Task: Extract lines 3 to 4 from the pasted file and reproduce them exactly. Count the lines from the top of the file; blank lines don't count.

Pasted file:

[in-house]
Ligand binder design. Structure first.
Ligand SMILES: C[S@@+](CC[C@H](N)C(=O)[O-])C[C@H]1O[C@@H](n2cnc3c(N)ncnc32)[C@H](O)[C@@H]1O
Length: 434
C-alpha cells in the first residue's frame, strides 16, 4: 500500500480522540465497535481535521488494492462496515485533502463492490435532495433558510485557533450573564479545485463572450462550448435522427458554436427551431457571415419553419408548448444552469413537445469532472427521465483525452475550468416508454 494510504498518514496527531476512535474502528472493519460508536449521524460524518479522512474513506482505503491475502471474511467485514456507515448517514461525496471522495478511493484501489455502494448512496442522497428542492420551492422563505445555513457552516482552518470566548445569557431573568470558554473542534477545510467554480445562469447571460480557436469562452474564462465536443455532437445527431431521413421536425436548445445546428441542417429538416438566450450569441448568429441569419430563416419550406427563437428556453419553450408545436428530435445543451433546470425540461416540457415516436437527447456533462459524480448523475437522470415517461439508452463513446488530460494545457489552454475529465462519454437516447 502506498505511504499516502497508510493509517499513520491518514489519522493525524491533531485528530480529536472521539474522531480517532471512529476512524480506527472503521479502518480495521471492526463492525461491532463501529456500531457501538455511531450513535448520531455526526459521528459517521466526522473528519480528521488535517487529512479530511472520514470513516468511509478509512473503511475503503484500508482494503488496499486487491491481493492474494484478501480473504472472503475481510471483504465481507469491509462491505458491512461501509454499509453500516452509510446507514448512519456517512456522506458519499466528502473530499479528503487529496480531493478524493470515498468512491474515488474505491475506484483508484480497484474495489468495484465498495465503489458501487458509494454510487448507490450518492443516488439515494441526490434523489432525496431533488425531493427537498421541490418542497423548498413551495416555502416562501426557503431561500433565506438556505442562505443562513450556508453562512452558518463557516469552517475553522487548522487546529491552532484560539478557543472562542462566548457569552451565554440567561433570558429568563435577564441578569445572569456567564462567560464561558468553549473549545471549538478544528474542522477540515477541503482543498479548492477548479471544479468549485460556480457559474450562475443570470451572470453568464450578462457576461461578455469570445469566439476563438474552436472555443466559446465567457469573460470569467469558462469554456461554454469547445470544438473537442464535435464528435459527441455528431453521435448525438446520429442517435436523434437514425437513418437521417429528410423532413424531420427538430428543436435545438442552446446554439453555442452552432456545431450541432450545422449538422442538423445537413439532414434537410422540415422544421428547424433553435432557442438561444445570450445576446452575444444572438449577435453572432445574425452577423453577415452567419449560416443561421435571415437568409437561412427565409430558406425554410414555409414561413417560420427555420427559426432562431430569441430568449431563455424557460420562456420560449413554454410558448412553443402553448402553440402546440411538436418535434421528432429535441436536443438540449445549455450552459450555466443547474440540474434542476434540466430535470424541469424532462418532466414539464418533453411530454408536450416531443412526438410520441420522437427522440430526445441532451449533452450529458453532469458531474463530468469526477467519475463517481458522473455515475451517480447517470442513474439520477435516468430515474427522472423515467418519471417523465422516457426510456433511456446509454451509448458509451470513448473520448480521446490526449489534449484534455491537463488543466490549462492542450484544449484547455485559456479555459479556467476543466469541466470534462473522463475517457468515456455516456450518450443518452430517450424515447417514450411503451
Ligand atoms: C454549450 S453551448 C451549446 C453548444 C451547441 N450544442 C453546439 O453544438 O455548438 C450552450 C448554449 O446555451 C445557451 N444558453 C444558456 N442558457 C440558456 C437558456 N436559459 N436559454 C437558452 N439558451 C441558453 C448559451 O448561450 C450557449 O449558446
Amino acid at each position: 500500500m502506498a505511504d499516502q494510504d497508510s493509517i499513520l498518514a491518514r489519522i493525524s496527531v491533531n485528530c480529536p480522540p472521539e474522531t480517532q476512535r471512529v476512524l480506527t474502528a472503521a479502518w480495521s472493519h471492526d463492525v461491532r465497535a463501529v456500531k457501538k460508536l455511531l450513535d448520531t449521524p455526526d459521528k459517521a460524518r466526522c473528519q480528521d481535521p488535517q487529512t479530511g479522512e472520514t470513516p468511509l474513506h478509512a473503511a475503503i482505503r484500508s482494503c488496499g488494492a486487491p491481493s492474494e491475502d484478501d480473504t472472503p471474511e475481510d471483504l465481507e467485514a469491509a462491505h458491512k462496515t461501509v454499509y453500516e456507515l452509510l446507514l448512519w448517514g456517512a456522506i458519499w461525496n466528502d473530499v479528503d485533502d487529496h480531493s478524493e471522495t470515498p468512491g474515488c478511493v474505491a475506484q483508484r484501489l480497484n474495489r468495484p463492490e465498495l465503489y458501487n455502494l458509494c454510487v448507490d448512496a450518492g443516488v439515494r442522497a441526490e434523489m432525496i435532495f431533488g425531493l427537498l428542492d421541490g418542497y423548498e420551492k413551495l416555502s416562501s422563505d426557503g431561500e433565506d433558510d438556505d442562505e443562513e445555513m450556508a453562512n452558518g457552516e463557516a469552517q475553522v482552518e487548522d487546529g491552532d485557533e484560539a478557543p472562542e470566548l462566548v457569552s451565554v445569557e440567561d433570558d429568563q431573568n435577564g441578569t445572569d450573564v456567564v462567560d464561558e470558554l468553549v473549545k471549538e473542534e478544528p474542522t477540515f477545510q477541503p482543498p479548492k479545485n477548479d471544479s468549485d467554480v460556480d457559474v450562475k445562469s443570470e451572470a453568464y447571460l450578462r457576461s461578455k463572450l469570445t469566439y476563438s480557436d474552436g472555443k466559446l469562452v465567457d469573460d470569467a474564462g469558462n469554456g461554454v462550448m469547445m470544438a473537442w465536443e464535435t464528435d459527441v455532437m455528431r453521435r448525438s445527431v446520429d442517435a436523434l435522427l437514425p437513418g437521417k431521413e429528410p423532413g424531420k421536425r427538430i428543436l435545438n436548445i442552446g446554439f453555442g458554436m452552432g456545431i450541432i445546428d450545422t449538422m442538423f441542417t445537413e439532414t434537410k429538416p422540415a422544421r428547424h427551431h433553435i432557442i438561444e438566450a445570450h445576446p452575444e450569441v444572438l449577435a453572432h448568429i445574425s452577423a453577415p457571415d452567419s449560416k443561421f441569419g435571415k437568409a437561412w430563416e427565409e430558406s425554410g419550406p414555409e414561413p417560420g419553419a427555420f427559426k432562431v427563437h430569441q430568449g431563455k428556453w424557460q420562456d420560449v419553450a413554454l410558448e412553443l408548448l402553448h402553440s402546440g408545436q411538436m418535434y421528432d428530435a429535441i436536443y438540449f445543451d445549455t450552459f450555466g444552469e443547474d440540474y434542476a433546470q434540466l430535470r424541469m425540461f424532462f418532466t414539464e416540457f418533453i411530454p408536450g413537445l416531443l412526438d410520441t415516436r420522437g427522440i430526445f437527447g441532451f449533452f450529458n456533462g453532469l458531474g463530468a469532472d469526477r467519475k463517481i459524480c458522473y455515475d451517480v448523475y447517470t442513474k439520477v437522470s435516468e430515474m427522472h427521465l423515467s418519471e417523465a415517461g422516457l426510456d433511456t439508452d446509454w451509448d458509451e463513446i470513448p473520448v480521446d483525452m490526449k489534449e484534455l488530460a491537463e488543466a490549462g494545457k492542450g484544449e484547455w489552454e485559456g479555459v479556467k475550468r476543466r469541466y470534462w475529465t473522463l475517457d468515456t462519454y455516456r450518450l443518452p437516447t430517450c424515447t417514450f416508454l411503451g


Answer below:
Ligand SMILES: C[S@@+](CC[C@H](N)C(=O)[O-])C[C@H]1O[C@@H](n2cnc3c(N)ncnc32)[C@H](O)[C@@H]1O
Length: 434